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Title: Multiparameter immunohistochemistry analysis of HIV DNA, RNA and immune checkpoints in lymph node tissue.
Austin Authors: Richardson, Zuwena A;Deleage, Claire;Tutuka, Candani S A;Walkiewicz, Marzena;Del Río-Estrada, Perla M;Pascoe, Rachel D;Evans, Vanessa A;Reyesteran, Gustavo;Gonzales, Michael;Roberts-Thomson, Samuel;González-Navarro, Mauricio;Torres-Ruiz, Fernanda;Estes, Jacob D;Lewin, Sharon R;Cameron, Paul U
Affiliation: Pathology Department, The Royal Melbourne Hospital, Melbourne, Australia
Launceston General Hospital, Tasmania, Launceston, Australia
Olivia Newton John Cancer Centre Research Institute
Murdoch Children's Research Institute, Royal Children's Hospital, Melbourne, Australia
Department of Infectious Diseases, Alfred Hospital and Monash University, Melbourne, Australia
Victorian Infectious Diseases Service, Royal Melbourne Hospital, Melbourne, Australia
The Peter Doherty Institute for Infection and Immunity, The University of Melbourne and Royal Melbourne Hospital, Melbourne, Australia
La Trobe School of Cancer Medicine, La Trobe University, Melbourne, Australia
Frederick National Laboratories for Cancer Research, MD, Frederick, United States of America
Centro de Investigación en Enfermdades Infecciosas, Instituto Nacional de Enfermedades Respiratoriras, Mexico City, Mexico
Vaccine and Gene Therapy Institute and Oregon National Primate Research Center, Oregon Health Science University, Portland, Oregon, USA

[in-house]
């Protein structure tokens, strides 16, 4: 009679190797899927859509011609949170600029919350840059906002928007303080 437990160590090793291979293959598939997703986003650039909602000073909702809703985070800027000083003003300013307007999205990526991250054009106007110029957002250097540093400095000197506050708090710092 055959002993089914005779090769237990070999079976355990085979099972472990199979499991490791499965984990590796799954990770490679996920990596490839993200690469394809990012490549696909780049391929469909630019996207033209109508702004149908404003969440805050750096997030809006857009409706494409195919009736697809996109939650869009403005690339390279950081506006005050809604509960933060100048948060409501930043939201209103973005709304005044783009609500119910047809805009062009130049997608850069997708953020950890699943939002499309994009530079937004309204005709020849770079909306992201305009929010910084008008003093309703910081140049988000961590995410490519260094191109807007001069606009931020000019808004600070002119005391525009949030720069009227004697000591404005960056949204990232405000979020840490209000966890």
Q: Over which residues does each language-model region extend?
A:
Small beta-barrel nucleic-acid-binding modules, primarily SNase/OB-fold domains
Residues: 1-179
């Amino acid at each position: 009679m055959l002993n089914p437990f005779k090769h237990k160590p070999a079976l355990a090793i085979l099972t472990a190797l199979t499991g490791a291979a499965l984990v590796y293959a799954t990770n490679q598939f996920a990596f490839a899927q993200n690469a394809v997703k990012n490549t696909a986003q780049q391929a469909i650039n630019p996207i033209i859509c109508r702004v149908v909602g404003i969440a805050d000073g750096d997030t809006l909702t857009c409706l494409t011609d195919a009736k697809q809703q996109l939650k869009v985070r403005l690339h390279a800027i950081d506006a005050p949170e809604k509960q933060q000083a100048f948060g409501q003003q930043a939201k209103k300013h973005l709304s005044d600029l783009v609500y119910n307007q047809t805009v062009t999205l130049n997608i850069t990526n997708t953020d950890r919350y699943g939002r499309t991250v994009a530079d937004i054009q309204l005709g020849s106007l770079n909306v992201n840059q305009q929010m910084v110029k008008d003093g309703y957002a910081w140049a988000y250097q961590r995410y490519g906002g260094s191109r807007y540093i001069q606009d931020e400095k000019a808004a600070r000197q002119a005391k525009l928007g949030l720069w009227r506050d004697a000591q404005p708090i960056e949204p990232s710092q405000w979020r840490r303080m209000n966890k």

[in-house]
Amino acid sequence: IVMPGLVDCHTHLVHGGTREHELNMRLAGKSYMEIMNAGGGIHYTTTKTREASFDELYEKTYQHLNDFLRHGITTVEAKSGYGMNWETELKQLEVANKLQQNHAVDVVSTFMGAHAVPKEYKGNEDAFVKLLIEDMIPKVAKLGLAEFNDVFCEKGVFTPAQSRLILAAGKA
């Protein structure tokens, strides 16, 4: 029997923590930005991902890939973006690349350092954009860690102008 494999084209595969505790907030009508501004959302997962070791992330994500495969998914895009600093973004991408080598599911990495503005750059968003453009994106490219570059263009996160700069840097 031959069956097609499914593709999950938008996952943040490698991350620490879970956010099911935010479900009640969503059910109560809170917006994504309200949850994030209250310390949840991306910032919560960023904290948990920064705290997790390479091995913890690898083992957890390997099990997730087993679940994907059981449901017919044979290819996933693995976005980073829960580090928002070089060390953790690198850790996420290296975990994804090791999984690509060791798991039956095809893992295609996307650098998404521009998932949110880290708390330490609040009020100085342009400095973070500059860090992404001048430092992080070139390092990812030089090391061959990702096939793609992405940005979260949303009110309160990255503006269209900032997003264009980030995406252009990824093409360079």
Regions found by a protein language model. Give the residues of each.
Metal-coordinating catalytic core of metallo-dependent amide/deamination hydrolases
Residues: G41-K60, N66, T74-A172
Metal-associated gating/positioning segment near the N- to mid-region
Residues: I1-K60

Issue Date: 2022
Date: 2021-12-02
Publication information: Journal of immunological methods 2022; 501: 113198
Abstract: The main barrier to a cure for HIV is the persistence of long-lived and proliferating latently infected CD4+ T-cells despite antiretroviral therapy (ART). Latency is well characterized in multiple CD4+ T-cell subsets, however, the contribution of regulatory T-cells (Tregs) expressing FoxP3 as well as immune checkpoints (ICs) PD-1 and CTLA-4 as targets for productive and latent HIV infection in people living with HIV on suppressive ART is less well defined. We used multiplex detection of HIV DNA and RNA with immunohistochemistry (mIHC) on formalin-fixed paraffin embedded (FFPE) cells to simultaneously detect HIV RNA and DNA and cellular markers. HIV DNA and RNA were detected by in situ hybridization (ISH) (RNA/DNAscope) and IHC was used to detect cellular markers (CD4, PD-1, FoxP3, and CTLA-4) by incorporating the tyramide system amplification (TSA) system. We evaluated latently infected cell lines, a primary cell model of HIV latency and excisional lymph node (LN) biopsies collected from people living with HIV (PLWH) on and off ART. We clearly detected infected cells that coexpressed HIV RNA and DNA (active replication) and DNA only (latently infected cells) in combination with IHC markers in the in vitro infection model as well as LN tissue from PLWH both on and off ART. Combining ISH targeting HIV RNA and DNA with IHC provides a platform to detect and quantify HIV persistence within cells identified by multiple markers in tissue samples from PLWH on ART or to study HIV latency.
DOI: 10.1016/j.jim.2021.113198
Journal: Journal of Immunological Methods
PubMed URL: 34863818
Type: Journal Article
Subjects: HIV latency
Immune checkpoints
In situ hybridization
Lymph nodes
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